Building a Private Conda Channel

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I first wrote this blog when I was working at City Science Why we need a private conda channel Here at City Science we build a large number of reusable Python modules. For developers to consume these libraries, we needed to host the different versions at a central location. There are public hosting solutions available, but for now we needed our libraries to remain private. For that reason we opted to create our own channel.

Tool Mastery


Whilst working with a new client which had some green developers, it struck me that they only knew about 20% (totally arbitrary for this example) of the tools features they were using on a daily basis. For example, when asking them if they preferred merge vs rebase, I was often met with blank stares. Similarly, when using their editor I would often find them manually searching and replacing renamed variables, rather than using the built-in feature of the editor.

Awesome Jenkins Pipelines

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A curated list of awesome Jenkins reusable pipeline code. jenkinsci buildit Invoca Docker team Funkwerk Spring Cloud kitconcept SAP

Override Systemd Config


I was faced with the task of enabling the remote API for Docker. Whilst trying a few different solutions (adding hosts to daemon.json), I quickly learnt that I needed to pass parameters to the dockerd command like /usr/bin/dockerd -H tcp:// -H unix:///var/run/docker.sock. As I’m using Systemd I knew I needed to edit the service file, but I was also mindful that any future updates to Docker would blow my changes away.

Git reset last commit


Sometimes I get carried away with git and its high power features. I was working between 2 repos and realised I had a change I hadn’t saved and wanted to add to my last commit. This was my blog, of which im the only contributor, and so I made the save (resulting in an unstaged change) and run git add . && git commit --amend --no-edit. To those who dont know this command will stage all new changes and add them to the previous commit without making you edit the commit message.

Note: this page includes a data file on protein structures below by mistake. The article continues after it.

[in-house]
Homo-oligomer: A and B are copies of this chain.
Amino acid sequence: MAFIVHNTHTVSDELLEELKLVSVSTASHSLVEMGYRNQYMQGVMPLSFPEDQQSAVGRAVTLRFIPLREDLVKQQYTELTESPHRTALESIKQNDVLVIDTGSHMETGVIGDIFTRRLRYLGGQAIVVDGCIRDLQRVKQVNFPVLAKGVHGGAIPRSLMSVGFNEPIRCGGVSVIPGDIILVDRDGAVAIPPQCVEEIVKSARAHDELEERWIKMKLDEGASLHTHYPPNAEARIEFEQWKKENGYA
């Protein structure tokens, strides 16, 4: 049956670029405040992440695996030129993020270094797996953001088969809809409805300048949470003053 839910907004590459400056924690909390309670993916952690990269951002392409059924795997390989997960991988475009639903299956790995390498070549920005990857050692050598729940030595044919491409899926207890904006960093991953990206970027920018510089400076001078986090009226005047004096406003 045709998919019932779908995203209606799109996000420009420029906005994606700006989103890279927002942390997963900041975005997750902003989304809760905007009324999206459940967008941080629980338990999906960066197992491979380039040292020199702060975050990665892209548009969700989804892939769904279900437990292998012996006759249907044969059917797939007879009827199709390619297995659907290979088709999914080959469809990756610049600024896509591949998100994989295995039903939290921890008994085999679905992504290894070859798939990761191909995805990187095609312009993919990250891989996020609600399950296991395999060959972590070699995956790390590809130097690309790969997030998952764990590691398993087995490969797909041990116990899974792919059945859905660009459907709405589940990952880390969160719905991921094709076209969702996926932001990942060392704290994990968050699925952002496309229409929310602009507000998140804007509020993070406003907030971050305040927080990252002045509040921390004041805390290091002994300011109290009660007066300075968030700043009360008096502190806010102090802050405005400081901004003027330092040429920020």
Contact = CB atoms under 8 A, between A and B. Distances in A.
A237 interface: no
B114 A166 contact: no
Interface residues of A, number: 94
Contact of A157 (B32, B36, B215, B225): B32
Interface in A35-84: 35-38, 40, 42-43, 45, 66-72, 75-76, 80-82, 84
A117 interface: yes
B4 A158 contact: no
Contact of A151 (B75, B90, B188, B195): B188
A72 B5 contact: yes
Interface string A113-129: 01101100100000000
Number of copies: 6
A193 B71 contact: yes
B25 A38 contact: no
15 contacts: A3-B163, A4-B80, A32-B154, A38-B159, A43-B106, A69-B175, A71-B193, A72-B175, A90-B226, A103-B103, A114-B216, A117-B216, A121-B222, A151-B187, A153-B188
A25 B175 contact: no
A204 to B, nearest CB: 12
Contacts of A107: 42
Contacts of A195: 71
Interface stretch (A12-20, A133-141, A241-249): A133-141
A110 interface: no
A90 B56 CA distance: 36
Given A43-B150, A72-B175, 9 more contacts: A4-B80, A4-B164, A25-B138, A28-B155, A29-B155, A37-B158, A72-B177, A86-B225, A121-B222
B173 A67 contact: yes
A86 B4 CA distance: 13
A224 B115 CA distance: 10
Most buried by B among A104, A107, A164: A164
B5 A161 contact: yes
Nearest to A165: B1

SBT to Gradle


Here’s how I made the switch from sbt to gradle for a play project. Sbt works, there’s no denying that, but having spent many years working with Gradle I found it frustrating to replicate what was very simple with Gradle. My current clients play application is built with sbt; you can find a link to the build here. Here’s a snippet from build.sbt import play.sbt.PlayScala import sbtbuildinfo.BuildInfoPlugin.autoImport._ import sbtassembly.AssemblyPlugin.autoImport._ import com.

log tips and tricks

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As engineers we’re constantly trawling through logs. Here’s some tips for making that task a little easier. Searching logs For larger logs we may want to scroll by page: cat mylog.log | less We can then use PgUp or PgDn or the mac equivalent. Regex search in less /<regex> Find error with grep $ grep -I error /var/log/messages or find firewall related stuff sudo tail -f /var/log/messages |grep FIREWALL

Bulk find and copy in Bash


I needed to move a bunch of files from an old blog to the new one for conversion. Here’s how: find . -name \*.asciidoc -exec cp {} /home/sionwilliams_com/site/content/post \; From the current directory it searched for files ending .asciidoc and moved them to the new location. Once in the new location I was able to change the extension of the files with: for f in *.asciidoc; do mv -- "$f" "${f%.

Making Ticketing Systems Useful


As software engineers we’re all guilty of using ticketing systems as expensive todo lists. We transition tickets from todo to in progress to done, but rarely go beyond that functionality. We may have nice integrations which link back to our version control system, or open some dialogue with fellow developers, but thats often the limit of our usage. I’ve recently started using the ticketing system as my personal journal. In my opinion, a ticketing system should include a record of the trials and tribulations involved in delivering a feature/issue, not just the about our interpretation of the issue/bug.

Parallelise Vagrant Up With Make


Spinning up more than one Vagrant box can be slow and tedious. Below is a solution for speeding up the vagrant up process when you need more than one box and Docker isn’t a valid option. Annoyingly, this solution requires a Vagrantfile per machine, and wont work if you put loops in your Vagrantfile. Here’s my folder structure: . ├── Makefile └── vagrant ├── node-1 │ └── Vagrantfile ├── node-2 │ └── Vagrantfile └── node-3 └── Vagrantfile The Makefile is where the magic happens…